This is part of the Millennium Ecosystem Assessment report Ecosystems and Human Well-being: Wetlands and Water.
Synthesis Team Co-chairs: C. Max Finlayson, Rebecca D’Cruz, Nick Davidson
Synthesis Team Members: Jacqueline Alder, Steve Cork, Rudolf de Groot, Christian Lévêque, G. Randy Milton, Garry Peterson, Dave Pritchard, Blake D. Ratner, Walter V. Reid, Carmen Revenga, María Rivera, Frederik Schutyser, Mark Siebentritt, Mishka Stuip, Rebecca Tharme
Contributing Authors: Stuart Butchart, Ellen Dieme-Amting, Habiba Gitay, Steve Raaymakers, Douglas Taylor
Extended Writing Team: MA Coordinating Lead Authors, Lead Authors, Contributing Authors, and Working Group Coordinators
Review Editors: José Sarukhán and Anne Whyte (Co-chairs) and MA Board of Review Editors
Since the inception of global assessments on ozone depletion and climate change, the global policy process has been better informed, and decision-makers are able to take more effective and timely decisions. The Millennium Ecosystem Assessment followed in the footsteps of these assessments and was designed to meet the need for information about the consequences of ecosystem change for human well-being. It sought in particular to strengthen the link between scientific knowledge and decision-making.
It provided an assessment, not just a review of existing knowledge and understanding, of the current state of our ecosystems and the many services they support and provide to people. It significantly enhanced our understanding of the direct drivers of change to wetlands and showed how they would fare under a range of future scenarios. It analyzed future challenges and response options that could allow us to maintain, to the greatest extent possible, the ecosystem services on which we all depend.
The Convention on Wetlands (Ramsar, I.R. Iran, 1971) has recognized from the start that the MA can and should provide the Contracting Parties to the Convention, and all involved in the conservation and wise use of wetlands, with new understanding and insights into how best they can meet the objectives of the Convention. The Convention’s Standing Committee, Secretariat, and Scientific and Technical Review Panel have supported and contributed to the work of the MA throughout.
This report, synthesizing the findings of the MA on inland, coastal, and near-shore marine wetlands, is the key product of the MA for the Ramsar Convention. It draws on the work of approximately 1,360 experts who compiled the many chapters of the MA reports. The synthesis stresses the link between wetlands and water and will help us set the future agenda for Ramsar.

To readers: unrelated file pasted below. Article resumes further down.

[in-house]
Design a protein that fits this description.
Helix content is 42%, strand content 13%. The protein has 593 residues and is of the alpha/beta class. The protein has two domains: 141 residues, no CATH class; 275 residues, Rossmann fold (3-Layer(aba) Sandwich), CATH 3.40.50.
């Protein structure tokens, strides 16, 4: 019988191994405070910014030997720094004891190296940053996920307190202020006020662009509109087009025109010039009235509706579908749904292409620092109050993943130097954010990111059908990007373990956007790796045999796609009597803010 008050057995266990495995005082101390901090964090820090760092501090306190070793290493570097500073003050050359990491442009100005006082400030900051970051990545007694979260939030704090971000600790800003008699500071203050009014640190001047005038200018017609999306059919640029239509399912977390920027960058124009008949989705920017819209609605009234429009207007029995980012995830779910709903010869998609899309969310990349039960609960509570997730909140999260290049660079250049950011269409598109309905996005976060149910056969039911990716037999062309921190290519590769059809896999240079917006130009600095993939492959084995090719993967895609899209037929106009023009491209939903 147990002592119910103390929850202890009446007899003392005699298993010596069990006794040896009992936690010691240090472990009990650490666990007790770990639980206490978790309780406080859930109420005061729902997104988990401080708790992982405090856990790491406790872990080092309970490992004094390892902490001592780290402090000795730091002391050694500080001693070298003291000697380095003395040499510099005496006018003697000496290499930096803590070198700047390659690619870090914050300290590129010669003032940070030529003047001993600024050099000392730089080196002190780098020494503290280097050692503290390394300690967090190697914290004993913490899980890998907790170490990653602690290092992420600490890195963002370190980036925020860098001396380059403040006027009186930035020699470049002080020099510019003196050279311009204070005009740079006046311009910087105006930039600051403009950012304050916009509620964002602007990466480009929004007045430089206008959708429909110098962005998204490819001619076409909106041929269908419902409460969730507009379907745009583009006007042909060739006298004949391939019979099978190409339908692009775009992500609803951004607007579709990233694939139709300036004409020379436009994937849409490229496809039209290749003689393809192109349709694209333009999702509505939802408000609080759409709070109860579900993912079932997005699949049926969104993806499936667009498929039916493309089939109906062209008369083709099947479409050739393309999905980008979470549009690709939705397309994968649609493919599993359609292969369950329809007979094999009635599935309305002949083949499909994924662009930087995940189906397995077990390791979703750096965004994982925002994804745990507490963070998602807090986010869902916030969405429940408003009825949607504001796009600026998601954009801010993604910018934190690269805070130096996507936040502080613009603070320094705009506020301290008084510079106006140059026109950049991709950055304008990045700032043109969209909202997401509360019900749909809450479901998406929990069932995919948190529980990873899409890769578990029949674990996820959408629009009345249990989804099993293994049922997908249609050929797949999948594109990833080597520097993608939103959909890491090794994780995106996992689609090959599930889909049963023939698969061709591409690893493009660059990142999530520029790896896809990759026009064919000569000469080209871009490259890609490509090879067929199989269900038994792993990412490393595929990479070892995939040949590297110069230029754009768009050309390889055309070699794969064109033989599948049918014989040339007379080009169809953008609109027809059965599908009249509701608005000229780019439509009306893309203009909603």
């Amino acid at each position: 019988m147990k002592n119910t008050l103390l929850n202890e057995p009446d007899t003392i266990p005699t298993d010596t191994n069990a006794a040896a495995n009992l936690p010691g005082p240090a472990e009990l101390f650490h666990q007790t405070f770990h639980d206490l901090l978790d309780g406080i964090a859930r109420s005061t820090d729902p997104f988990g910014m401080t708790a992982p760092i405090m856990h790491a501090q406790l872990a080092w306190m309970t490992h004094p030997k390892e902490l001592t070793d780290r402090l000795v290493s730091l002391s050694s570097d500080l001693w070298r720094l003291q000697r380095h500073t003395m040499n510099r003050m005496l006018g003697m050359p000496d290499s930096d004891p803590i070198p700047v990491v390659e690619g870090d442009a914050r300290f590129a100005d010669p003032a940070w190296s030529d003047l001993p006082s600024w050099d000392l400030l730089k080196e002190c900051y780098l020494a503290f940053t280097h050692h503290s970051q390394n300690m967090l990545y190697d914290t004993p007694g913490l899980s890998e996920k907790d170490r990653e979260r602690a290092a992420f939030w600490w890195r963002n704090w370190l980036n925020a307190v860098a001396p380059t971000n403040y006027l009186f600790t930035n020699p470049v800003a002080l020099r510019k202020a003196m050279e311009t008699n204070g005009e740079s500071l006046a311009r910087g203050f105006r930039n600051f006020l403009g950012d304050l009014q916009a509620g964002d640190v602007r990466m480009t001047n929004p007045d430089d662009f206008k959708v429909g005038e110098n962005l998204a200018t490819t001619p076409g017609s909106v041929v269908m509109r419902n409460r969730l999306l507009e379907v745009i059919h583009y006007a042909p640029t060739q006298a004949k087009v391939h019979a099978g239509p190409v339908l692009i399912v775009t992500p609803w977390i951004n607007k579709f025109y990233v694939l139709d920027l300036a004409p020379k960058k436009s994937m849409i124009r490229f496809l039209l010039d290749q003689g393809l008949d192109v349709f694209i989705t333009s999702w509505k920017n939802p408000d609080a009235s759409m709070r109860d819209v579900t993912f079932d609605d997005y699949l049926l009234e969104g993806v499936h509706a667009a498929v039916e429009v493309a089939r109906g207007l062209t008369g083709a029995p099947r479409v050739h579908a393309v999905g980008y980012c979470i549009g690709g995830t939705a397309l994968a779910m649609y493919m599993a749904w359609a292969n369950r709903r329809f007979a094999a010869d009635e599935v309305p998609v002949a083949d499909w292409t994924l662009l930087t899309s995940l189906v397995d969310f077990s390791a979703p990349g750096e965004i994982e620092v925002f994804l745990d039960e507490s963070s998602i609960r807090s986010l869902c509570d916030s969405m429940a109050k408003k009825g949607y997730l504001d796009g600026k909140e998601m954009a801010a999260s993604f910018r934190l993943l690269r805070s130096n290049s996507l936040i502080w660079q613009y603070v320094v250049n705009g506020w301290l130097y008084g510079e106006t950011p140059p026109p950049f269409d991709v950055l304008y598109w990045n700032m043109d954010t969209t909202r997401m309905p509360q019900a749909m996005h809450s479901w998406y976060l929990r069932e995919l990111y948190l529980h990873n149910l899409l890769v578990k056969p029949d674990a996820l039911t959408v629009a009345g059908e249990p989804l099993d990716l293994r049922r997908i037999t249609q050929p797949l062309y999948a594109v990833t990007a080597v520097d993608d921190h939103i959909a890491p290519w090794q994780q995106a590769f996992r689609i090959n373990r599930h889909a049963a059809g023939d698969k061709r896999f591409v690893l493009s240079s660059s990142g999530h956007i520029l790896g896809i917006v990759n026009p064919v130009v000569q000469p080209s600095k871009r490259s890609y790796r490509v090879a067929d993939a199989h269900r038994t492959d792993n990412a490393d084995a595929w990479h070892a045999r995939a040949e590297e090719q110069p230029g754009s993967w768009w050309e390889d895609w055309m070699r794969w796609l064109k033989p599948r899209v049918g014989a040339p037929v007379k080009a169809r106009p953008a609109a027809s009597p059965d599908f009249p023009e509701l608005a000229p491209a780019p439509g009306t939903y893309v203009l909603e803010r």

During its work, the MA made a significant contribution to the work of the Convention’s STRP. Several of the MA’s authors contributed to the STRP’s work that will be considered by the Convention’s COP9 in November 2005. Through this “cross-fertilization” of ideas it became apparent that the MA’s conceptual framework provides a structure for the delivery of the Convention’s central concept of “wise use” of all wetlands. Furthermore, the STRP has recognized that the ecosystem terminologies adopted by the MA provide a valuable approach to its work of updating and harmonizing the terms and definitions used by the Convention, notably those concerning ecological character and wise use. Finally, the existing Ramsar “Toolkit” of Wise Use Handbooks is enhanced and supported by the MA’s advice on response options.
We therefore commend this synthesis report to you, and urge all those concerned with the Ramsar Convention and with securing the wise use of wetlands to read it and use its findings to raise awareness of the role of wetlands in securing sustainable water supplies as well as providing a range of other vital ecosystem services.
Ramsar Convention on Wetlands
Chair, Standing Committee
Ramsar Convention on Wetlands
Disclaimer: This chapter is taken wholly from, or contains information that was originally written for the Millennium Ecosystem Assessment as published by the World Resources Institute. The content has not been modified by the Encyclopedia of Earth.
This is a chapter from Ecosystems and Human Well-being: Wetlands and Water (full report).
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